Thursday, April 3, 2014

There might not be any information

I was talking recently to a friend about one of her brick walls.  Her ancestor, Mary Smith, had a daughter (Sarah Agnes Smith) in Yass Gaol on 22 July 1879. Sarah's birth certificate does not have a father listed.
On 16 January 1880, Sarah (listed as being aged 2, though she would have been less than 6 months old) was discharged from the Industrial School to Joseph Territt or Ferritt of Crookwell (SRNSW: NRS 14723 [5/4837]; Reel 3852, Page 25-26).  The Industrial School was where destitute children were sent at that time. She was returned to the Industrial school on 25 July as the man who adopted her had died.
From then nothing is known about Sarah until she married Thomas Fanning on 29 November 1894 when she said she was 17 (though she would have been 15). On her marriage certificate it lists her father as John Smith, deceased and she makes no mention of a mother. Also on the certificate Naomie Veness is listed as guardian. There is no connection (as far as can be found) between the Smiths and the Veness or Ferritt/Territt families.
My friend wants to know what happened to Sarah between being returned to the Industrial School and getting married.  She is also interested to know what happened to Sarah's mother, Mary.
The first thing to bear in mind is that some really good research had already been done on this person. Not only had the records of the fostering of Sarah been found, but so had and advertisement in the NSW Police Gazette that showed where Mary was before Sarah was born. 
Information is requested respecting Mary Smith, who left her service with Mrs. Oddy, of Goulburn, op the 30th ultimo, and has not since been heard of. She is 24 years of age, medium height, strong build, fair complexion, fair hair , blue or hazel eyes; dressed in black lustre dress , black hat with white feather, and red and black plaid shawl. Mary Smith is said to have been far advanced in pregnancy, and it is feared that she has committed suicide. Information to the Inspector General of Police.
NSW Police Gazette, 9 July 1879, p 263 

Mary is not in the admission records of Yass Gaol, which are held by State records. Perhaps she was just taken into the gaol to give birth. 

Sadly, sometimes we will not be able to find the answer because it is not out there to be found. And it is not out there to be found because it was not created in the first place. Record keeping was not so prevalent in the 19th century as it is in the 21st. Firstly, there was no formal adoption in NSW until 1923. Before that informal arrangement were made to foster children (with or without the involvement of government departments), or children remained at an Industrial School or Orphan school until old enough to go out to work or to become an apprentice.  So there may well be no paperwork explaining Sarah's connection to Naomie Veness.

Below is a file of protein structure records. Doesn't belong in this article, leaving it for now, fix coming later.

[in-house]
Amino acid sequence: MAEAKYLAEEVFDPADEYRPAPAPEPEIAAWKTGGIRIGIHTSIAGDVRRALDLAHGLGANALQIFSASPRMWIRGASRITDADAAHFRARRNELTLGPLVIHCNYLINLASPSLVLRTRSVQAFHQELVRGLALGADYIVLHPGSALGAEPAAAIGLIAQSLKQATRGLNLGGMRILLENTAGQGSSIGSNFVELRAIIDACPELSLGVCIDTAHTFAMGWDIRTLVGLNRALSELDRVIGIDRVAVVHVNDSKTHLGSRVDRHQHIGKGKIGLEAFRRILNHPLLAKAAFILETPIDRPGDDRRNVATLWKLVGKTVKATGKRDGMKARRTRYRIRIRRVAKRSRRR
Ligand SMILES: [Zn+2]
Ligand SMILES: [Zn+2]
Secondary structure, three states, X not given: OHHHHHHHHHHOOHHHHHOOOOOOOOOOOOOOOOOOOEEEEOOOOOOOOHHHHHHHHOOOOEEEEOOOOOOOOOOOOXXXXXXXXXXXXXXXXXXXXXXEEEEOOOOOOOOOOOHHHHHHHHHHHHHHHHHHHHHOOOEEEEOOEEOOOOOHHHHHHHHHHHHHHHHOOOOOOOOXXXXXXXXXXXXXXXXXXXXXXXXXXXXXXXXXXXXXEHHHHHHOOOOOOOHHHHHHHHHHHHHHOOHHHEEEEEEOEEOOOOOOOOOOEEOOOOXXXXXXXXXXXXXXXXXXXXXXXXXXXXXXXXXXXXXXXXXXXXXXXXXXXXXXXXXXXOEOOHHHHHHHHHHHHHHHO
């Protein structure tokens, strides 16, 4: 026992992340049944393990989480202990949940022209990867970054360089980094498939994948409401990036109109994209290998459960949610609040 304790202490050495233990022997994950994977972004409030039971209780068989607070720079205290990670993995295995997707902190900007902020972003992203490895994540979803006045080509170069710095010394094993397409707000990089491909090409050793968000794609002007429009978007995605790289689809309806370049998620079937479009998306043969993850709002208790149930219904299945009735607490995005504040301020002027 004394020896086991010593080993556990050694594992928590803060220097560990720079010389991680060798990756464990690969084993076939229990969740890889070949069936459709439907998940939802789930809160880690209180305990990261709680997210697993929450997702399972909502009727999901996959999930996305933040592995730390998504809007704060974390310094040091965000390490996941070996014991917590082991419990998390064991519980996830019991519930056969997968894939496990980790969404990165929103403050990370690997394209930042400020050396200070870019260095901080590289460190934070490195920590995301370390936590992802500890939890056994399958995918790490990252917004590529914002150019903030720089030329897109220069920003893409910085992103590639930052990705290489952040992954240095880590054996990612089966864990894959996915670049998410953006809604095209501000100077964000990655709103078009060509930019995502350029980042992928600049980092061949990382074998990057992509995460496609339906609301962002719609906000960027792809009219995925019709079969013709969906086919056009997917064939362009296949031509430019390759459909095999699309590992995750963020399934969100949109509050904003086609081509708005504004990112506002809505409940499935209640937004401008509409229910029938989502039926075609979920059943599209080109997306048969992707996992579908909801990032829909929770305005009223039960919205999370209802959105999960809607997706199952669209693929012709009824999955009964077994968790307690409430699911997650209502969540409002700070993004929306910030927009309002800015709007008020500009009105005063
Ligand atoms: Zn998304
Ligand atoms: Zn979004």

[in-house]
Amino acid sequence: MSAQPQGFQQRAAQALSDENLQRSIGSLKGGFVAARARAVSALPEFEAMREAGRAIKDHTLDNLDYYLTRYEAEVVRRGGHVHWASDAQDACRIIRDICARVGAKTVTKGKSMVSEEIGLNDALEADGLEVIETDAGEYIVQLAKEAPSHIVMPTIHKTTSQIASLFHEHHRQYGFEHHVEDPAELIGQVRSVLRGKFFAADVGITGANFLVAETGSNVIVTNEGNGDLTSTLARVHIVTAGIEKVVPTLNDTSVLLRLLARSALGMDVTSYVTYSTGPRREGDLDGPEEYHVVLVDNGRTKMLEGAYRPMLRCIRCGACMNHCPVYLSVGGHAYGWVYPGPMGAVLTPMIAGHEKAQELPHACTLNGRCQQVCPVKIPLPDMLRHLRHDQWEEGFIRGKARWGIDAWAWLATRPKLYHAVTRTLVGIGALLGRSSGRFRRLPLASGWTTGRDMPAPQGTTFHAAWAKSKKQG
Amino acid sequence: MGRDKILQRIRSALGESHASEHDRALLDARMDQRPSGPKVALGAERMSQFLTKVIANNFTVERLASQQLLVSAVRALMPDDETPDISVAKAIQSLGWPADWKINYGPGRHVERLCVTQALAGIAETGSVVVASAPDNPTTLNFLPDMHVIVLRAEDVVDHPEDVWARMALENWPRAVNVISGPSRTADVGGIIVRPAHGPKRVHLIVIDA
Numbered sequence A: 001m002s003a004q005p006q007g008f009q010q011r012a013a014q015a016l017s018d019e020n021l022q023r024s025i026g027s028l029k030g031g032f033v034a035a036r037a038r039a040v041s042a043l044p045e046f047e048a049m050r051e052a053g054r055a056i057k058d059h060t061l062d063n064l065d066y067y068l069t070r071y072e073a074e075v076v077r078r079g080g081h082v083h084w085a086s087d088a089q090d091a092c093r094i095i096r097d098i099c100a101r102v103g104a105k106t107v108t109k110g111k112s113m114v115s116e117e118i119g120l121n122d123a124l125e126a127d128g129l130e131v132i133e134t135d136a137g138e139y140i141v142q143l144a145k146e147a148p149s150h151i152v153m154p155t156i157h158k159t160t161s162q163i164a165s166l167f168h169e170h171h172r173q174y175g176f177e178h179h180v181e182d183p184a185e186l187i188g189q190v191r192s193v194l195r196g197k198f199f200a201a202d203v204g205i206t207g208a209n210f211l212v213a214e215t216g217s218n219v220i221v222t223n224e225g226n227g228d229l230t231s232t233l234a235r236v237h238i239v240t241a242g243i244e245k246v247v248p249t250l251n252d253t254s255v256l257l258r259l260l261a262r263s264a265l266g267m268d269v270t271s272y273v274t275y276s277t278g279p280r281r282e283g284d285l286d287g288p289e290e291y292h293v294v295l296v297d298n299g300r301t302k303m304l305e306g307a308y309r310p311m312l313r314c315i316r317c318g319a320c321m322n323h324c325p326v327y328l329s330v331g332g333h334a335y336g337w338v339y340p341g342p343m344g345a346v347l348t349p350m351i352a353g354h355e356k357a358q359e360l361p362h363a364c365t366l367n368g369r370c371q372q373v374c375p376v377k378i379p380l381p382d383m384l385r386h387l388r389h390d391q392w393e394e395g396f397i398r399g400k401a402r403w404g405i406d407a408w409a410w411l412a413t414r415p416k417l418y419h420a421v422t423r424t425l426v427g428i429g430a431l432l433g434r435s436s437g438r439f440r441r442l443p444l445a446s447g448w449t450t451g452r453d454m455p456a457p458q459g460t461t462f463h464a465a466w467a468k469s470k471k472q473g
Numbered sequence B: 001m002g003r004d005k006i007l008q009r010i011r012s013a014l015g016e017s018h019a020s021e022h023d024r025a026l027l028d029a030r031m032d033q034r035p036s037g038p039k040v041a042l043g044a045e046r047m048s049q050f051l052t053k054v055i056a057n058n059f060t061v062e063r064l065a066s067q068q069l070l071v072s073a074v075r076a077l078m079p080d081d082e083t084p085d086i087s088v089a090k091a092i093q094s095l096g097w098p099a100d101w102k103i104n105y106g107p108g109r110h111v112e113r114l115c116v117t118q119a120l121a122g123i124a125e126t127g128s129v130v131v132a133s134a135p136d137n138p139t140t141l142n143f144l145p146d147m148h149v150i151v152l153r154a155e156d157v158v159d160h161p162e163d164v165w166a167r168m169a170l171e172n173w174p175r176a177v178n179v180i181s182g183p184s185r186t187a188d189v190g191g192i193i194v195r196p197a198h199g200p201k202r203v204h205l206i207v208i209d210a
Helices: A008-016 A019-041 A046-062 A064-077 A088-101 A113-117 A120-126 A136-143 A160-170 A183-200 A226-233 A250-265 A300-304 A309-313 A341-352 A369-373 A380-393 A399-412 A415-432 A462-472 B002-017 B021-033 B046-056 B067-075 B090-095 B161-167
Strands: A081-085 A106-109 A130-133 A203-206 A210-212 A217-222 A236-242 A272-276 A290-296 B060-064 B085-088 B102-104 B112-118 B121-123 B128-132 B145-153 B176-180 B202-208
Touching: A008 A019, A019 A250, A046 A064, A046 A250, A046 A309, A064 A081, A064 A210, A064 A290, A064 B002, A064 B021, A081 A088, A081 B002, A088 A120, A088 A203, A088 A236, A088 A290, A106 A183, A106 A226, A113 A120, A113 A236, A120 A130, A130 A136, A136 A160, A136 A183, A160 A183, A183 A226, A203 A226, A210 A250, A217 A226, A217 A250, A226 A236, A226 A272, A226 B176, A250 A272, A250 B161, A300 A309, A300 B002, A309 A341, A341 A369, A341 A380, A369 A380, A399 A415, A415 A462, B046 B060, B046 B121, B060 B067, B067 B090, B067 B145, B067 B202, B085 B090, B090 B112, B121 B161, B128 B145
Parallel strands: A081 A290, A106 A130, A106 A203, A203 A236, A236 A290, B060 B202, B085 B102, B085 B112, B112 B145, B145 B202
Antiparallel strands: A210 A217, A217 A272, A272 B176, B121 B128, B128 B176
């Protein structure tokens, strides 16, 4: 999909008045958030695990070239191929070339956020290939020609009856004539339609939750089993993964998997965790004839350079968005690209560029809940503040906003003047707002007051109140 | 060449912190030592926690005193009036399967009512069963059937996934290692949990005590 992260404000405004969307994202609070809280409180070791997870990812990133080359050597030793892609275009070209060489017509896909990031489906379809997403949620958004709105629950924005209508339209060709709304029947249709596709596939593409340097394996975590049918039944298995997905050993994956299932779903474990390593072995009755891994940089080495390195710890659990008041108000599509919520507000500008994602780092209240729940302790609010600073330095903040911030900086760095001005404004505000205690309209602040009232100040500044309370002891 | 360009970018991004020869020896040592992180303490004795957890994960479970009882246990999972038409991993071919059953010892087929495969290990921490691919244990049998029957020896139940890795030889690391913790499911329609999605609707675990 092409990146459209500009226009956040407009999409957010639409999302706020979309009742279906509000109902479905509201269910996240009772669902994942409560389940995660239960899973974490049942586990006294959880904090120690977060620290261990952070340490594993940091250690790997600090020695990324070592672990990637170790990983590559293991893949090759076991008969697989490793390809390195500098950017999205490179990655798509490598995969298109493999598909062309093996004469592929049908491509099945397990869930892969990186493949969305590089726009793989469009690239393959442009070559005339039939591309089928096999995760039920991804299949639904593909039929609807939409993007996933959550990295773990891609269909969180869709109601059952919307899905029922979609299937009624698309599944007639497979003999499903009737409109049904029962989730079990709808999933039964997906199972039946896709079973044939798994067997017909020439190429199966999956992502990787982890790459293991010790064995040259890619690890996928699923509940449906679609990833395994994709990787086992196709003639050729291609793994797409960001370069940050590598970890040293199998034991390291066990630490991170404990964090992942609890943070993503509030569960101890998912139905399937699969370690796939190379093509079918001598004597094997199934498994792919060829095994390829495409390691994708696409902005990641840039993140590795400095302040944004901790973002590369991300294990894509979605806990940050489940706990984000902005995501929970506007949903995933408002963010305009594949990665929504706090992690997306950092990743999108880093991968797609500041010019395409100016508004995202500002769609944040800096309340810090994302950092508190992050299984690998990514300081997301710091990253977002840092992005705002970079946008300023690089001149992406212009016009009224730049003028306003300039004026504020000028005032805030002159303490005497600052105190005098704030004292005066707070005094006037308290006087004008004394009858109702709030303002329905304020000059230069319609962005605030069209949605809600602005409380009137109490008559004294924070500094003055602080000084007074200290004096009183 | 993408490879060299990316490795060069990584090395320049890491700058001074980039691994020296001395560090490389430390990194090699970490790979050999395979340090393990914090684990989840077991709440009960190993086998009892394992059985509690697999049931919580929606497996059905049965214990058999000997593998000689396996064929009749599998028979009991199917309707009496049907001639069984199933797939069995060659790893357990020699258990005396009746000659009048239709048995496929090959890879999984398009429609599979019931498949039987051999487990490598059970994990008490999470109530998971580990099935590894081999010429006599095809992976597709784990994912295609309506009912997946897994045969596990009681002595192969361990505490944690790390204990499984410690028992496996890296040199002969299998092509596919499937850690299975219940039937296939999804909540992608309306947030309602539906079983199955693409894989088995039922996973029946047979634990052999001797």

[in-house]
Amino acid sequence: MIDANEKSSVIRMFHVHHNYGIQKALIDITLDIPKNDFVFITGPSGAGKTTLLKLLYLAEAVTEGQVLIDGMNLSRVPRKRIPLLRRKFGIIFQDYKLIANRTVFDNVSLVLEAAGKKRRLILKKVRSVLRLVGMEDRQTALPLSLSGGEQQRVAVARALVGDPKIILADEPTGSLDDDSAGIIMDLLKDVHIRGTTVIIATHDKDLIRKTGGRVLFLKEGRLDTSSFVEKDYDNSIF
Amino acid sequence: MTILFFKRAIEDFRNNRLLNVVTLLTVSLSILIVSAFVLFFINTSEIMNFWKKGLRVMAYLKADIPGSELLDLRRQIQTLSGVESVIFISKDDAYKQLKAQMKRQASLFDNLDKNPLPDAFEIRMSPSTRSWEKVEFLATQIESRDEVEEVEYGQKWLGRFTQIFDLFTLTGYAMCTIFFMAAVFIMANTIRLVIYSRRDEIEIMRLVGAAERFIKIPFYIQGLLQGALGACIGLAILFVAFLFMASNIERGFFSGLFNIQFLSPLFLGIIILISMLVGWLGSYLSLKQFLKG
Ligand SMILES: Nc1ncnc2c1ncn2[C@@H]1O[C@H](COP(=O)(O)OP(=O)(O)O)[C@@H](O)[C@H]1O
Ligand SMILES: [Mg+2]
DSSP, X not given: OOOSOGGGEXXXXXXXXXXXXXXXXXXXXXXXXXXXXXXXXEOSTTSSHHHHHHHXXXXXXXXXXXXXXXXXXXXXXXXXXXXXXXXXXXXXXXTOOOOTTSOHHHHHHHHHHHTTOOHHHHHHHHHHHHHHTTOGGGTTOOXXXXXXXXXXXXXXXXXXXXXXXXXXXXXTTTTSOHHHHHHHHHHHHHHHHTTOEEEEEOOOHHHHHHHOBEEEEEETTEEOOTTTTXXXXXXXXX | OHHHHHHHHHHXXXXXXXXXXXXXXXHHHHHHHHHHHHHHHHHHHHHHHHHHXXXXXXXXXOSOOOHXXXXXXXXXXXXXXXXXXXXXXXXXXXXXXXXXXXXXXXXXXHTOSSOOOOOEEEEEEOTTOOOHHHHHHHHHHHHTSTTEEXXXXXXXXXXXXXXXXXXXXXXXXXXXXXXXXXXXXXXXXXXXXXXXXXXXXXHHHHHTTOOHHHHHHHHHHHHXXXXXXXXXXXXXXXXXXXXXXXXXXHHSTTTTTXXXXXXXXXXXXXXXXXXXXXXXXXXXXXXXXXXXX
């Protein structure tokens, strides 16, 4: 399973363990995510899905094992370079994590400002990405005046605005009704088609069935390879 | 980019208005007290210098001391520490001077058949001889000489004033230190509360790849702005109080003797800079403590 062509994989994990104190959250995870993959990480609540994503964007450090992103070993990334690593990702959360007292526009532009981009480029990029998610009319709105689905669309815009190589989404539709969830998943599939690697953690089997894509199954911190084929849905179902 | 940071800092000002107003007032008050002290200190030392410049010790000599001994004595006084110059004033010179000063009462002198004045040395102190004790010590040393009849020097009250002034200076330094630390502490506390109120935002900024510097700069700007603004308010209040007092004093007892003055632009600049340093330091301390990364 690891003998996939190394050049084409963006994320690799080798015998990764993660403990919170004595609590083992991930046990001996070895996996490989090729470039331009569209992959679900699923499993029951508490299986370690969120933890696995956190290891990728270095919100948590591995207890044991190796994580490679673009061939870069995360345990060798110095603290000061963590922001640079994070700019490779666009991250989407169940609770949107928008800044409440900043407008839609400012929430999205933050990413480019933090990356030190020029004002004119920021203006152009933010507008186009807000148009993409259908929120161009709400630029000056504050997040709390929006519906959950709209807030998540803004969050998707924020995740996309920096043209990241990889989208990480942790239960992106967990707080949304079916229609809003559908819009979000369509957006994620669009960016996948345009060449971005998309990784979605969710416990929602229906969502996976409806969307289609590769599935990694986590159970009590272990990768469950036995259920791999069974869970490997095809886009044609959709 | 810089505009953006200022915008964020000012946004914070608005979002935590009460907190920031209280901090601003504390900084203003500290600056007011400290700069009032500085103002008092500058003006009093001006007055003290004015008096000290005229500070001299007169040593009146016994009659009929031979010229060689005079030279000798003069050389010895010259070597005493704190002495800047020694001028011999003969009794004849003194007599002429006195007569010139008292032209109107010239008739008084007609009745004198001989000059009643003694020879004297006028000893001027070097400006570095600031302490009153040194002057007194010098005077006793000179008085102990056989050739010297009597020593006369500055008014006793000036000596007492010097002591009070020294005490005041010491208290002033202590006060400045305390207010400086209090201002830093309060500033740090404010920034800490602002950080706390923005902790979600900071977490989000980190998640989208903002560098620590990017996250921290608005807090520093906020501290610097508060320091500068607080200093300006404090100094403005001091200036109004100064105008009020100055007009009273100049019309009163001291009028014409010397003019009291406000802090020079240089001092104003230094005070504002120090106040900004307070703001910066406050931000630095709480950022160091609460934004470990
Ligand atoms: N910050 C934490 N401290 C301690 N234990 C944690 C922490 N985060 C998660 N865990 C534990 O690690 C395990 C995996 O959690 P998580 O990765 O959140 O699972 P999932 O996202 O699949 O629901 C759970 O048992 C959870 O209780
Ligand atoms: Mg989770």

But the good news is that there might be a clue as to what happened to Sarah's mother, Mary.

The NSW indexes to births, deaths and marriages ( have an entry for the birth of Sarah Agnes Smith, mother Mary Agnes (note the middle name), in Yass in 1879.  And there is a marriage of Agnes Mary Smith to to James MacInerhenry or McInerhenry in Wagga Wagga in 1880.  For those who don't know NSW geography, Yass is quite close to Wagga Wagga.  It is not uncommon for people to switch around their first and middle names, so I suggest that it is worth looking at this marriage to see if it is the right person. This illustrates how important it is to make note of any middle names, and to consider all possible variations on names when looking for "missing" events.

Some brickwalls just can't be demolished, but sometimes others can with a little bit of lateral thinking.


  1. Not sure if 182 kms is that close ;) Particularly in that era over 100 miles away would have been a long way away. However, I think it would be worth exploring even though it is in the opposite direction from Crookwell and Goulburn.

    We are lucky that we have some records but sometimes we need to acknowledge as you say that some of our forebears did not leave a lot of paperwork behind them.

    I will be interested to hear if any progress is made on the brick wall.


  2. With similar research problems in Queensland, I've often found answers in Colonial Secretary's Office correspondence, and occasionally in Court of Petty Sessions records, Police Station records or mental asylum records.